We were tripping over ourselves with the agenda for the meeting each time we met.
No matter how careful we were to prioritise the right things, and no matter how careful we were to allocate time in proportion to importance, somehow the need to get to the end of the agenda before the time ran out meant we felt we were on a treadmill, never able to get the big picture.
And this being a church meeting, it was an evening meeting, using the precious free time of our members at the end of a busy working day for everyone.
I have a personal rule that no meeting I chair goes past 9.30, because I turn into a pumpkin. And on reflection, whenever such meetings have run on when I’ve been chair, it’s because I’ve already been too tired to focus properly on keeping things running tightly.
But the problem this time was the agenda.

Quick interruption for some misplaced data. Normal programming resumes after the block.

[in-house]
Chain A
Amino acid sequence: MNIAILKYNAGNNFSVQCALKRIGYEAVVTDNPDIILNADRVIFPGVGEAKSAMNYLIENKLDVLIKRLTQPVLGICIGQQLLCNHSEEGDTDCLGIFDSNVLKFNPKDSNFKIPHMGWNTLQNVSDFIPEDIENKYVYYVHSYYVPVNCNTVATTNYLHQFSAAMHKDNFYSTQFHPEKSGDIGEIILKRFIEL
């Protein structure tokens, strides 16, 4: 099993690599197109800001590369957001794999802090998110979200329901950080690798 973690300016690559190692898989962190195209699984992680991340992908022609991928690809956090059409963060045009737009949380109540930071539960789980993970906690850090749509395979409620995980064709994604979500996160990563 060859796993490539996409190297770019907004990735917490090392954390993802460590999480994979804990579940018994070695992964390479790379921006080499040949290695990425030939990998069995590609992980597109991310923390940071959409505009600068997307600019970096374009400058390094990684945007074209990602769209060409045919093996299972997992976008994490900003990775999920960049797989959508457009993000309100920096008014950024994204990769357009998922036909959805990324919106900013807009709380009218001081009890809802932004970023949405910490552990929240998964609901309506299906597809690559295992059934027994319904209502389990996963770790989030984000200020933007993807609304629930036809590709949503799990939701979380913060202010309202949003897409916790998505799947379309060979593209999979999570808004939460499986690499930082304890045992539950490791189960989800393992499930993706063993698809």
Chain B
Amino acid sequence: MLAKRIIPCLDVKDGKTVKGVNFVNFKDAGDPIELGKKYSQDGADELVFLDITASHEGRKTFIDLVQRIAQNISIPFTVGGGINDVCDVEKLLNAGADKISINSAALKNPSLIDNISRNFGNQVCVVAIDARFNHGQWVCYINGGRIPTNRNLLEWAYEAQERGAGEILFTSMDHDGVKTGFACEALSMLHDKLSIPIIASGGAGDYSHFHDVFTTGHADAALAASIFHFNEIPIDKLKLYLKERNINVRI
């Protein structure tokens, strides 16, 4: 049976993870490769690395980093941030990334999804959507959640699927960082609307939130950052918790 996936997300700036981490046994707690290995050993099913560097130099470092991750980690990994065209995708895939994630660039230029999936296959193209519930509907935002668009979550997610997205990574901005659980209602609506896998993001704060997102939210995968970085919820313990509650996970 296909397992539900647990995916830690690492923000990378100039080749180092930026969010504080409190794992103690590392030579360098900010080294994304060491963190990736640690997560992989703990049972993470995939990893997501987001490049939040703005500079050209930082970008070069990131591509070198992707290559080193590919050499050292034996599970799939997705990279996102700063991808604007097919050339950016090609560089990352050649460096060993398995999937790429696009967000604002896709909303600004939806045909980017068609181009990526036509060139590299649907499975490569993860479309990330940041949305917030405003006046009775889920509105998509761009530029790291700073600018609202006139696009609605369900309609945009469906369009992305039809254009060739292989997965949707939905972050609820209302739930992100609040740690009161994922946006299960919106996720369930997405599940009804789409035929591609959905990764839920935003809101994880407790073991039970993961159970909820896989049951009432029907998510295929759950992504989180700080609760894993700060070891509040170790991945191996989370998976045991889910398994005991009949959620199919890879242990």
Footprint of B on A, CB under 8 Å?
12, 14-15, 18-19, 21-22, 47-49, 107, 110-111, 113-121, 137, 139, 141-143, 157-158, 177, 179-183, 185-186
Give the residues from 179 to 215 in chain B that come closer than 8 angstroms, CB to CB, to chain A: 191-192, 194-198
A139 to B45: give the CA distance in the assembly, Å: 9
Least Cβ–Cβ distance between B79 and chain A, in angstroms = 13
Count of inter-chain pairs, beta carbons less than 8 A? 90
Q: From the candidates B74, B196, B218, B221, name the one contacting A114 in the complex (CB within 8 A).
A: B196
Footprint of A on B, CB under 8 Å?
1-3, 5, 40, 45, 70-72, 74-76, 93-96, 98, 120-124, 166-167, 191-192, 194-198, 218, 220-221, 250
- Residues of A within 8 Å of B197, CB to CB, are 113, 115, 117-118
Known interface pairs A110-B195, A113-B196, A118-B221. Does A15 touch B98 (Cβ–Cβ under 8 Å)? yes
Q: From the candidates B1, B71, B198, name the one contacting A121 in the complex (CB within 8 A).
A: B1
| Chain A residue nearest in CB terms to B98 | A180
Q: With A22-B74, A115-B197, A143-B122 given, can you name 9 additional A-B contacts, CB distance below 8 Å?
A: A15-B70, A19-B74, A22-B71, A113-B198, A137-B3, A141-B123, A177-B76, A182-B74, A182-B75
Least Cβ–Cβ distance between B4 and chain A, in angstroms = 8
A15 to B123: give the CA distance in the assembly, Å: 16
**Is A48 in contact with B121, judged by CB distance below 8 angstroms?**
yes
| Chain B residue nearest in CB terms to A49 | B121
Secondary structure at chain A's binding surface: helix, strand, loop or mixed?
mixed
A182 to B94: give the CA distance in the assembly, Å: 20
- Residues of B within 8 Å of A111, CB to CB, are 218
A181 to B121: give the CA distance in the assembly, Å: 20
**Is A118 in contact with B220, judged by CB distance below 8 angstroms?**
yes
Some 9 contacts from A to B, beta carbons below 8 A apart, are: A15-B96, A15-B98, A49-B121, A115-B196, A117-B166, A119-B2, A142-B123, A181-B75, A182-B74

It was a really important, thorough agenda. And, of course, it was a really important group, looking at a key area of church life. So the fact that it was stuck in the mud, revving its wheels like a stranded Land Rover, was a problem.
And then it hit us – why not a have a focussed, single item meeting?
It’s obvious, and we do it in our workplaces all the time, but somehow in church, squeezing ministry meetings into already crowded diaries seems to mean that we overload agendas. So nothing gets really processed in depth and prayed over.
So here’s what we’re going to do. The next time this group meets we shall look at one topic only. No minutes, AOB or spreadsheets. Date of the next meeting already agreed. Anyone absent has apologised by default.
The meeting after that, again, just one thing. Then we’ll have a more general one.
We’ll see if it gets the Land Rover out the mud.
2 comments on “When your meeting’s stuck in the mud, revving”
Hi Chris, that’s what we started doing with our deacon’s meeting a while ago. We weren’t really addressing issues, just skimming over them to get everything done by 9:30pm. Having single issue meetings has made a huge difference. It’s followed up by email, so everyone knows what they are meant to be doing and when. Trust it works for you also.
Thanks Tim. We shall see what we manage with the focus!